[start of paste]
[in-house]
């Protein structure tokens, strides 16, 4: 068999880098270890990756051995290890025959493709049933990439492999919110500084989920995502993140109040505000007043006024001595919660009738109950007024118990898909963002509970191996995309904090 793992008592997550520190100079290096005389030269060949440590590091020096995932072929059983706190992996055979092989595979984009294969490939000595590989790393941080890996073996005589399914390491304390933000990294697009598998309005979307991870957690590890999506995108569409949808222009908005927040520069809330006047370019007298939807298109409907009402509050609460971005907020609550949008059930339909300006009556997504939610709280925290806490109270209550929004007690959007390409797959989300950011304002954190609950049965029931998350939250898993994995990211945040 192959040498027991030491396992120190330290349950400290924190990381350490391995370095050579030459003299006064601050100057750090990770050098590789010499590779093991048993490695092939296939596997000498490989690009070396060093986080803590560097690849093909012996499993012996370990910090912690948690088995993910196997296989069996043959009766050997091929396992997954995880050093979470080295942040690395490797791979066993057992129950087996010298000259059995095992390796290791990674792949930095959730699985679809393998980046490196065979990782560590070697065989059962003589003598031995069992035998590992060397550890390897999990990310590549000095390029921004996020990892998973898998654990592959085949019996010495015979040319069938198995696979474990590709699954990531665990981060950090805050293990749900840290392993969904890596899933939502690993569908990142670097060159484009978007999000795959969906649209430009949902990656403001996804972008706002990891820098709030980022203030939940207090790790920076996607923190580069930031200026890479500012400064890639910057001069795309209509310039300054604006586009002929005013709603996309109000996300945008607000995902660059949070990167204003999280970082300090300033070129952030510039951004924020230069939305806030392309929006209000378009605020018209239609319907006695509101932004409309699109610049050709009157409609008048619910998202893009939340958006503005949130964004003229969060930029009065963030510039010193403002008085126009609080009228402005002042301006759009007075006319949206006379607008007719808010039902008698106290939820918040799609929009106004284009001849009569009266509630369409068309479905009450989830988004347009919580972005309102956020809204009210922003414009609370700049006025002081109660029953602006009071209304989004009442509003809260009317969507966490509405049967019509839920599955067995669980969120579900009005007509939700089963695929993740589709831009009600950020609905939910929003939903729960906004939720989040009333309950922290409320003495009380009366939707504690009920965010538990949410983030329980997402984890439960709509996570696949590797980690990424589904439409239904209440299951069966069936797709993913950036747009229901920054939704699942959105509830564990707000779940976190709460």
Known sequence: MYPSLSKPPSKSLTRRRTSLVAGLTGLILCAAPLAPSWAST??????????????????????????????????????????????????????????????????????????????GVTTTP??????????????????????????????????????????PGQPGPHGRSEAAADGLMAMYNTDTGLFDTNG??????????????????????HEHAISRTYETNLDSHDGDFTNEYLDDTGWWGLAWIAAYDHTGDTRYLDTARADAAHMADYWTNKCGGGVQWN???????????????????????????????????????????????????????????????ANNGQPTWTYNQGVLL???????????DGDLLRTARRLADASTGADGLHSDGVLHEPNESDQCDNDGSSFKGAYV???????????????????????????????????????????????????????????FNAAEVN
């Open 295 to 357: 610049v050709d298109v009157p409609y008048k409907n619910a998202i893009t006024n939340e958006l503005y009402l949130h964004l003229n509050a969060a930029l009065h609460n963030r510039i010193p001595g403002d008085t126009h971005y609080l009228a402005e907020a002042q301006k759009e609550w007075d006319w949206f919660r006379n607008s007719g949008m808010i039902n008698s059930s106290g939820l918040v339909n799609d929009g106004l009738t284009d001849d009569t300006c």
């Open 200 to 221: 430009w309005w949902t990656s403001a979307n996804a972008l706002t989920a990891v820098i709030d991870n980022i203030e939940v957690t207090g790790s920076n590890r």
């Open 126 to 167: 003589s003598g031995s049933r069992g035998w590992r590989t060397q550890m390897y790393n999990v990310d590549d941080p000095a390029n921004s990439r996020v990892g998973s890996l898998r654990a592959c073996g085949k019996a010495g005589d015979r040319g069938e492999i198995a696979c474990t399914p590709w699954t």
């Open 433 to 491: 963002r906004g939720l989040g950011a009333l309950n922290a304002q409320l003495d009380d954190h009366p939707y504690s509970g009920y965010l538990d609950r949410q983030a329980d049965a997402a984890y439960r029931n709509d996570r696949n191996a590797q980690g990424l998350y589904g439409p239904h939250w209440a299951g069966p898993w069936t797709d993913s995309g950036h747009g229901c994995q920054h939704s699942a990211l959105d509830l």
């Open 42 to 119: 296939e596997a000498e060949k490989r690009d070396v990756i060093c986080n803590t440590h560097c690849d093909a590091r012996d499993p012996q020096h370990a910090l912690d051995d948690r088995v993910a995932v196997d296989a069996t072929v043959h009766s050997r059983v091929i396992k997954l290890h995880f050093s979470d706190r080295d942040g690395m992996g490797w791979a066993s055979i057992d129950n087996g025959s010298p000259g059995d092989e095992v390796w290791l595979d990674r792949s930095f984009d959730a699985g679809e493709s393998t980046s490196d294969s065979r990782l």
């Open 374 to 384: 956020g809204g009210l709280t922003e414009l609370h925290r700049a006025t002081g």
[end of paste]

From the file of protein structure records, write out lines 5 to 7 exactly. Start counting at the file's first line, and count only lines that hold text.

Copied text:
């Open 200 to 221: 430009w309005w949902t990656s403001a979307n996804a972008l706002t989920a990891v820098i709030d991870n980022i203030e939940v957690t207090g790790s920076n590890r």
């Open 126 to 167: 003589s003598g031995s049933r069992g035998w590992r590989t060397q550890m390897y790393n999990v990310d590549d941080p000095a390029n921004s990439r996020v990892g998973s890996l898998r654990a592959c073996g085949k019996a010495g005589d015979r040319g069938e492999i198995a696979c474990t399914p590709w699954t």
């Open 433 to 491: 963002r906004g939720l989040g950011a009333l309950n922290a304002q409320l003495d009380d954190h009366p939707y504690s509970g009920y965010l538990d609950r949410q983030a329980d049965a997402a984890y439960r029931n709509d996570r696949n191996a590797q980690g990424l998350y589904g439409p239904h939250w209440a299951g069966p898993w069936t797709d993913s995309g950036h747009g229901c994995q920054h939704s699942a990211l959105d509830l």